Signs of Cerebral Palsy

cerebral palsy signsDo have concerns that your child is slightly “different” when comparing to other children his or her age?  Has your child exhibited behaviors or mannerisms which seem out of place, giving you a sense something is not right. Perhaps, your family or friends have mentioned certain movements or actions that seem a little “off.”

Keep in mind infants, toddlers and children typically reach mental and physical milestones based on various factors, including age and gender. However, the deviation in reaching a developmental milestone do not automatically indicate a medical problem. Children may have unique characteristics which can naturally alter the pace of development.  If your son or daughter looks, talks or acts a little different, try to remain positive, not jumping to the conclusion there is something “wrong” with your child.

Cerebral palsy (abbreviated CP) symptoms may vary depending on the the specific type of CP. Take your time to read through the types of cerebral palsy and the associated symptoms. However, before continuing, you should note that the content on this site is not intended to serve as a medical resource. This site’s purpose is to provide general guide on CP. Even if certain gestures, postures or words described within the site’s content, which appear to match symptoms your child exhibits, only a medical professional is qualified to diagnose this condition.

Spastic Cerebral Palsy

80% of all CP cases can be classified as Spastic CP. This is the most common type. “Spastic” is the term that describes muscle being unusually tense.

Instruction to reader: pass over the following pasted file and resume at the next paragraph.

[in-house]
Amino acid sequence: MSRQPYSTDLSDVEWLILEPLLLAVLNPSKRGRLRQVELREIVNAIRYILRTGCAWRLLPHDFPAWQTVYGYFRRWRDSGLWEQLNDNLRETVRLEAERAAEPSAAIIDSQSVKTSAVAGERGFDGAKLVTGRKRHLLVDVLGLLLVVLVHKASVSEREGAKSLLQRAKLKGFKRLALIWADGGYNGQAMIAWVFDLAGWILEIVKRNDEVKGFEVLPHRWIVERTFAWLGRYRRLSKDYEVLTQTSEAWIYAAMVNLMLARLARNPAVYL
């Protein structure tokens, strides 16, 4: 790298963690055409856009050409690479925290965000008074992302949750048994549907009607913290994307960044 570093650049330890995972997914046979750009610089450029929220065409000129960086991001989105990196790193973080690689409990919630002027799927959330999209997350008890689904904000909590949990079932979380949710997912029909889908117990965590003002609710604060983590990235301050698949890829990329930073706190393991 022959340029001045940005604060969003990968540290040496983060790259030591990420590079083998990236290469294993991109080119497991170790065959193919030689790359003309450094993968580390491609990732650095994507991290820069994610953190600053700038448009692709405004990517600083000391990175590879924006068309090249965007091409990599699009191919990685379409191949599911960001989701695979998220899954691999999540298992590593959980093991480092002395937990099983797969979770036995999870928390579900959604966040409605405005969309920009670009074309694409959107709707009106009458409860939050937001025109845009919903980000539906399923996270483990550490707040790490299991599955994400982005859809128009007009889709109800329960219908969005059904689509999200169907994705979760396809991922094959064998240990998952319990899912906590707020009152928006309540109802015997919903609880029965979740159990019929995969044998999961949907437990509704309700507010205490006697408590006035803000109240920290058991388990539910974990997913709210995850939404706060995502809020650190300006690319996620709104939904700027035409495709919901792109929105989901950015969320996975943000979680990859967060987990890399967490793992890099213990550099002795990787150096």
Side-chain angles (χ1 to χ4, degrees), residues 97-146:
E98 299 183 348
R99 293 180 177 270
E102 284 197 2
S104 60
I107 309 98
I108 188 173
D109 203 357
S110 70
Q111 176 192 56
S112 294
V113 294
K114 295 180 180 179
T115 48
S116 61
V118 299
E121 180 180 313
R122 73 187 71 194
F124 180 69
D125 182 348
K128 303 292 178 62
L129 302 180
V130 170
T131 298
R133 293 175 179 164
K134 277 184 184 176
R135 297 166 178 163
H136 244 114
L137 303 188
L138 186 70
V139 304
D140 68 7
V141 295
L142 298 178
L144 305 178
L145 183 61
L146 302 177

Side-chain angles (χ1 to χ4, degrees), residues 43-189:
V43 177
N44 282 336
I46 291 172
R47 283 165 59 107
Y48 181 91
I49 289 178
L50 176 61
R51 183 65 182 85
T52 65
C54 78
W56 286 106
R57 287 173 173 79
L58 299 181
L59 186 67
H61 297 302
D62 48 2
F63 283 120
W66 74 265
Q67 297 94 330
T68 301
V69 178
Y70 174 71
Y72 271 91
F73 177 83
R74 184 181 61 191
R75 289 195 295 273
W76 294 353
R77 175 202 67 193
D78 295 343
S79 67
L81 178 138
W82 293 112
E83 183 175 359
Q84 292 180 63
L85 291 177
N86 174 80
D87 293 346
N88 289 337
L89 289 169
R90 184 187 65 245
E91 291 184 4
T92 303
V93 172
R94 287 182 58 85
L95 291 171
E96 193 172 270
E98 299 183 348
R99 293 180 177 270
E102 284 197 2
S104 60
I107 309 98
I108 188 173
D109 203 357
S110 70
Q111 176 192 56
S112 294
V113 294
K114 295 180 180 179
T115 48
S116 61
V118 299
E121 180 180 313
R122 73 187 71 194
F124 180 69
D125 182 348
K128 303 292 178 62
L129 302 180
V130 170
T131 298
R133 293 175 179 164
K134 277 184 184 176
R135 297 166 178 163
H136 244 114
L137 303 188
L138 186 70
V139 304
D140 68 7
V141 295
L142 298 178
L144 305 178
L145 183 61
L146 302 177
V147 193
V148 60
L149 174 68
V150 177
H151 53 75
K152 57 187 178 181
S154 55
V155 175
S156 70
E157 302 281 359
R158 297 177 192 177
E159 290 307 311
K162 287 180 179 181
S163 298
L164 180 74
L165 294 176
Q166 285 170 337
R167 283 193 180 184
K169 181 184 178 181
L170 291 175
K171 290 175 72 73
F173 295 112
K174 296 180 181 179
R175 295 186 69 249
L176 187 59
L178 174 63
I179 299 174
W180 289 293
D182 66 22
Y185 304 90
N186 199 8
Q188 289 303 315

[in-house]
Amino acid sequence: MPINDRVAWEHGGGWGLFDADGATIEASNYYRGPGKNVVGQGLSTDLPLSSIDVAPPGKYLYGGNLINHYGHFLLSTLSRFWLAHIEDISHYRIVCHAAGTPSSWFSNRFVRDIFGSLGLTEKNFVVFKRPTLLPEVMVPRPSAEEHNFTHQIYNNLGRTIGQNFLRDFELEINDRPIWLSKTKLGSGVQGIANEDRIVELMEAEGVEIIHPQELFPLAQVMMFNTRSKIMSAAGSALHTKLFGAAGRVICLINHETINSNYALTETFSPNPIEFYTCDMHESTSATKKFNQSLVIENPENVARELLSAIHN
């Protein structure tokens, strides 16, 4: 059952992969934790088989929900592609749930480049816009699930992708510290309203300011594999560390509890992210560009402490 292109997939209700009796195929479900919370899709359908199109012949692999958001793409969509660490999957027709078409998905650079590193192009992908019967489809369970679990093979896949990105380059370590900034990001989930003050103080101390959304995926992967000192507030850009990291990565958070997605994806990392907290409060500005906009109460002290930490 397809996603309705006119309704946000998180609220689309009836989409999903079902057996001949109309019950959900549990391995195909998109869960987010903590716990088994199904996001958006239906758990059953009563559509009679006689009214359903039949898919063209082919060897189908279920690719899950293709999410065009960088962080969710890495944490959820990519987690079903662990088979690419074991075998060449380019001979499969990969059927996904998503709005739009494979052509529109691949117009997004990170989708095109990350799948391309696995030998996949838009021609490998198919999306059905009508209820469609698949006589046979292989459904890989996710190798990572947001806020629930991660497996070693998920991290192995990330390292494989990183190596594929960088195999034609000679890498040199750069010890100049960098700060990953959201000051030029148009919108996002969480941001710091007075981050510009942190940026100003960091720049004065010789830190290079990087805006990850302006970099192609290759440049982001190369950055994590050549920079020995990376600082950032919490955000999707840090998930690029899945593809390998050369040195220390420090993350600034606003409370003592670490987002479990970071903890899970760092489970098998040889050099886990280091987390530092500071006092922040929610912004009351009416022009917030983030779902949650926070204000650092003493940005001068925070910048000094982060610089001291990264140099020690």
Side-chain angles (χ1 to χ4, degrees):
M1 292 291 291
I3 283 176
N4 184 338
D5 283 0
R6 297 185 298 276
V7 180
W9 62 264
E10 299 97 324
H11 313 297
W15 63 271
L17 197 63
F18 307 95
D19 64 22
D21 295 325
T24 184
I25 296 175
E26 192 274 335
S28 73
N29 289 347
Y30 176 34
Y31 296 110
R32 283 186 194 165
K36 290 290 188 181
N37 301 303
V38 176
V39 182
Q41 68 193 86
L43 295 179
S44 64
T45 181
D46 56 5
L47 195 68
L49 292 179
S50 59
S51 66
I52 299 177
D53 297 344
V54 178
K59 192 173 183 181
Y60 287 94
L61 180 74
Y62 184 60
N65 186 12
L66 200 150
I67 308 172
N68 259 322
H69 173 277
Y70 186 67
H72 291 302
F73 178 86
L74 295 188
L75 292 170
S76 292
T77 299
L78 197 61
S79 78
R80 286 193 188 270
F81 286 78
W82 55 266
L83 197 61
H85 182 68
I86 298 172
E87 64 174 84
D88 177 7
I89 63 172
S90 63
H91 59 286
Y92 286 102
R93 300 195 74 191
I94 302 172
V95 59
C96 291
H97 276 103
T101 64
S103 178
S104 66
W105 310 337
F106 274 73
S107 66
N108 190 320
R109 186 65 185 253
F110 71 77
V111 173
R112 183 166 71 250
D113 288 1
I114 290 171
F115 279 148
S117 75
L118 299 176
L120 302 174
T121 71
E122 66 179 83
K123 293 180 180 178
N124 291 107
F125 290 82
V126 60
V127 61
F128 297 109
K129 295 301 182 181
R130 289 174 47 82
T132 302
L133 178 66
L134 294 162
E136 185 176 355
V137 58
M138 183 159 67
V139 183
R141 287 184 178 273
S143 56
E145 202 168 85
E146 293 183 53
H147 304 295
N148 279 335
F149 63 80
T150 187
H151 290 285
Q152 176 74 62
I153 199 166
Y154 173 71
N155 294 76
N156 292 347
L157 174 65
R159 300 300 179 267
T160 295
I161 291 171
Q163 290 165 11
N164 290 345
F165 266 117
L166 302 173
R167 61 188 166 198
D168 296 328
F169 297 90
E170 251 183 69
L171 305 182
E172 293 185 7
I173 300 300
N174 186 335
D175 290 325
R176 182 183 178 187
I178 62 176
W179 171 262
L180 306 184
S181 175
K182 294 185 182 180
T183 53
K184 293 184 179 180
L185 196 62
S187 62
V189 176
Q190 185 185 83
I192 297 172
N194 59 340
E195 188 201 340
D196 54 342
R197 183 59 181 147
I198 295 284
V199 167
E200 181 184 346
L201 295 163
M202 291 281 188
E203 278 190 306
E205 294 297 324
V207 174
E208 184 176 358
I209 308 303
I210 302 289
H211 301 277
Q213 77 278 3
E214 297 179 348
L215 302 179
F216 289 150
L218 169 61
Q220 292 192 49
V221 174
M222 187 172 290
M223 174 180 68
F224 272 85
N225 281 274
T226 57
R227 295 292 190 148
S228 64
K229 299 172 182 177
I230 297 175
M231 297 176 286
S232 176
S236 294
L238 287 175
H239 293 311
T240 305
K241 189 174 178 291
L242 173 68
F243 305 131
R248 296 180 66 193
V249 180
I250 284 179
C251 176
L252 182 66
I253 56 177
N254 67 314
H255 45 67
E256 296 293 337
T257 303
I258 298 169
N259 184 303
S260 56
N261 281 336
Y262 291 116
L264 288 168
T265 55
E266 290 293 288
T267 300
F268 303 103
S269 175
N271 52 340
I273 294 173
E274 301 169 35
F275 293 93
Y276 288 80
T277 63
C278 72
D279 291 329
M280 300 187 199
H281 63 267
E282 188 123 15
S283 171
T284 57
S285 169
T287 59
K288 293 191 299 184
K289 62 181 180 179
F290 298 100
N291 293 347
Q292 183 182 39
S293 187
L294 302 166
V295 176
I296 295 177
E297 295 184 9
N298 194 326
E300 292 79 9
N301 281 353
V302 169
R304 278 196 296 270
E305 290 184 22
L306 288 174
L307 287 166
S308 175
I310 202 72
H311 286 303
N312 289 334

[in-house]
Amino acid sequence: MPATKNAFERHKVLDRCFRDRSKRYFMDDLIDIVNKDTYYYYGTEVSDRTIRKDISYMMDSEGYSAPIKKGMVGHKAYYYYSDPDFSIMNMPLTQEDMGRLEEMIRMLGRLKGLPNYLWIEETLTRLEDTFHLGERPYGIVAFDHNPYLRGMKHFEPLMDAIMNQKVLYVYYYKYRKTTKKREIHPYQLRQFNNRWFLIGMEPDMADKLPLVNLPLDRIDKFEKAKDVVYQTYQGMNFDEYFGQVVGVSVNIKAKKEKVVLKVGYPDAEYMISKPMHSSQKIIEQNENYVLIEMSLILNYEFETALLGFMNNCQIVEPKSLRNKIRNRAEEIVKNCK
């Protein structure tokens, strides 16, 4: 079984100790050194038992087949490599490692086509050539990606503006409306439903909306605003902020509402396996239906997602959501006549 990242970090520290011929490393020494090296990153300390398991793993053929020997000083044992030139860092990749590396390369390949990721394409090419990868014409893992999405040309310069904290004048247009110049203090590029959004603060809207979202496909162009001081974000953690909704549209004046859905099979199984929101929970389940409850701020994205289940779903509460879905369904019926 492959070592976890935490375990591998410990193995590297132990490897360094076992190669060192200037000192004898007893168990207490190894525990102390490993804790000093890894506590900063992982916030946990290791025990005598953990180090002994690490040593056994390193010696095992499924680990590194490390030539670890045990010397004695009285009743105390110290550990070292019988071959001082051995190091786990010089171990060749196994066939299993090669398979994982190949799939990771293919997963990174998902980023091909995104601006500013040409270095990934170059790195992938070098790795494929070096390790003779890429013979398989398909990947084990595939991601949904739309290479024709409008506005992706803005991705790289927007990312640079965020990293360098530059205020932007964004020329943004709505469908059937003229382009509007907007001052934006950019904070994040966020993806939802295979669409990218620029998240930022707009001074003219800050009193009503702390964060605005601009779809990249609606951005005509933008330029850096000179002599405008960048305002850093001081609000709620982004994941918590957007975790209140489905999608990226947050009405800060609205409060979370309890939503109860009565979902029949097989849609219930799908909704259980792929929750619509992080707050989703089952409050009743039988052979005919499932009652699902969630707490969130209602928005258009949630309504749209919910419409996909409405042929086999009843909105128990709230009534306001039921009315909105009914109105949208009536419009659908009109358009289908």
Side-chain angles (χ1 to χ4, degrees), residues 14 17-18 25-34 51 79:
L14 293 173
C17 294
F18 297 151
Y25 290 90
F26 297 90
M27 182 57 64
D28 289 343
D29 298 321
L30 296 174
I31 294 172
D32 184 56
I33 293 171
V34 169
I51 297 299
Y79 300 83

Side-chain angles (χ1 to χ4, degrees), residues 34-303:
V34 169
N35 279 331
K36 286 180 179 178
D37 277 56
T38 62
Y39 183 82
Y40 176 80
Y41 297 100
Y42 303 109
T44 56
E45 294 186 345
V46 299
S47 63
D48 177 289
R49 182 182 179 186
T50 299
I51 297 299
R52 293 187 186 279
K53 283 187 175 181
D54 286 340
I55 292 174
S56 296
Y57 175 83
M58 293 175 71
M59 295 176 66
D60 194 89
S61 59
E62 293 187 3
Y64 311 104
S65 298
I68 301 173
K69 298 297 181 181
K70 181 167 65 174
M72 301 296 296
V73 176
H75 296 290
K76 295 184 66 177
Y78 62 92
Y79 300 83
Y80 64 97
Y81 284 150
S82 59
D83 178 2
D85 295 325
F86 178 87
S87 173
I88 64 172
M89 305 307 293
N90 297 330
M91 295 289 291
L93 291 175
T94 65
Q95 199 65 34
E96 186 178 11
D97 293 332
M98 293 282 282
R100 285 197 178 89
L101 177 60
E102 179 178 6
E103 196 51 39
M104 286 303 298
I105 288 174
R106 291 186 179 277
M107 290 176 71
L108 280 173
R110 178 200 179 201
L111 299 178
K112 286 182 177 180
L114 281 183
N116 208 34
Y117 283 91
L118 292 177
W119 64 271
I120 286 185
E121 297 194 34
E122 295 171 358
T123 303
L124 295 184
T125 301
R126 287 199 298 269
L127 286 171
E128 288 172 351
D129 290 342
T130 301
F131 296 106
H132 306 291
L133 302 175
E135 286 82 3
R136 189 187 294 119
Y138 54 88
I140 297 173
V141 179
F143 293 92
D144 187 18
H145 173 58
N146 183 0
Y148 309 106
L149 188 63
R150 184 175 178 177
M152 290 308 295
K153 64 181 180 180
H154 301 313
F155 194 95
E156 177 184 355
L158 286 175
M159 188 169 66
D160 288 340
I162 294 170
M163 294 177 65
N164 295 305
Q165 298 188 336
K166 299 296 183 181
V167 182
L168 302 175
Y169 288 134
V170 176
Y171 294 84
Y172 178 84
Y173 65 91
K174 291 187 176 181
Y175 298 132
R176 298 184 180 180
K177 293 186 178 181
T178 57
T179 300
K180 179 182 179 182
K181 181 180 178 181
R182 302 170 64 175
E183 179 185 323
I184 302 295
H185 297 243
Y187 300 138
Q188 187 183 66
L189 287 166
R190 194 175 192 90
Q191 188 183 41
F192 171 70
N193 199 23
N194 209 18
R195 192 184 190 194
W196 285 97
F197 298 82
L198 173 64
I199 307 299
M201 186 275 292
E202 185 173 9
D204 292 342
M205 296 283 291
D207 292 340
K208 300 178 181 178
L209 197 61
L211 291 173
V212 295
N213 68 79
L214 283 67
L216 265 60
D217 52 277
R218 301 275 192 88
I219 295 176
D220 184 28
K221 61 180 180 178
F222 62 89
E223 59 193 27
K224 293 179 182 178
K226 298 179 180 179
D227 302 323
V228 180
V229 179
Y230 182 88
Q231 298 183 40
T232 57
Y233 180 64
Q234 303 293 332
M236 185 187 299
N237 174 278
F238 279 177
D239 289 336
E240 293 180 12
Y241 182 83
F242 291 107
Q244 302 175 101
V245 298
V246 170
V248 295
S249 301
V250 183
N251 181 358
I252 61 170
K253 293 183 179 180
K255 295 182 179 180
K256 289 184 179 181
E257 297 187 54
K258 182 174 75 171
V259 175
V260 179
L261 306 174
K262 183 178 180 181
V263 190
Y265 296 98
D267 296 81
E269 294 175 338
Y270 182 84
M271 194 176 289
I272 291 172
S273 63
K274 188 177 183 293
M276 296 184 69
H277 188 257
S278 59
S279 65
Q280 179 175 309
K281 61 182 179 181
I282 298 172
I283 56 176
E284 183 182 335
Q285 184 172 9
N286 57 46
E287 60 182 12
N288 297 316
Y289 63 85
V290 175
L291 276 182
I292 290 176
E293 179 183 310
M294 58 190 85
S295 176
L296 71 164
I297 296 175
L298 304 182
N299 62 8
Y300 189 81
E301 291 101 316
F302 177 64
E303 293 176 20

One or more of the following symptoms may affect a person with spastic CP:

  • Abnormal Gate – Walking on toes or in an abnormal fashion, such as with knees touching or crossing, walking in a scissor-like motion, or arms tucked in very tight to sides.
  • Joint contracture –Joints may be very tight and will not open all the way in a normal range of motion
  • Nearsightedness – Near sightedness or crossed eyes may result from weak eye muscles
  • Paralysis – Loss of muscle strength may inhibit movement to the point of barely moving or not moving at all.
  • Rigid Movement – Movement may be in a rigid fashion, much like a jackknife that closes suddenly when forced. Sometimes a person may be able to overcome this with force.

Athetoid Cerebral Palsy

About 10% of all people with cerebral palsy are affected by dyskensia, another name for Athetoid cerebral palsy.  Athetosis is the clinical term describing slow uncontrolled movements of the limbs and extremities.

Check these additional symptoms if you believe your child may have Athetoid CP:

  • Facial Movements – Difficulty speaking or eating may be caused by involuntary facial movements.
  • Loss of control of tongue and mouth – Causes slurred speech, drooling or involuntary grimacing and/or difficulty swallowing.
  • Low muscle tone – Causes difficultly maintaining proper posture when sitting or walking.
  • Uncontrolled facial, limb, and extremity movements – This can be intensified during times of emotional distress and may disappear during sleep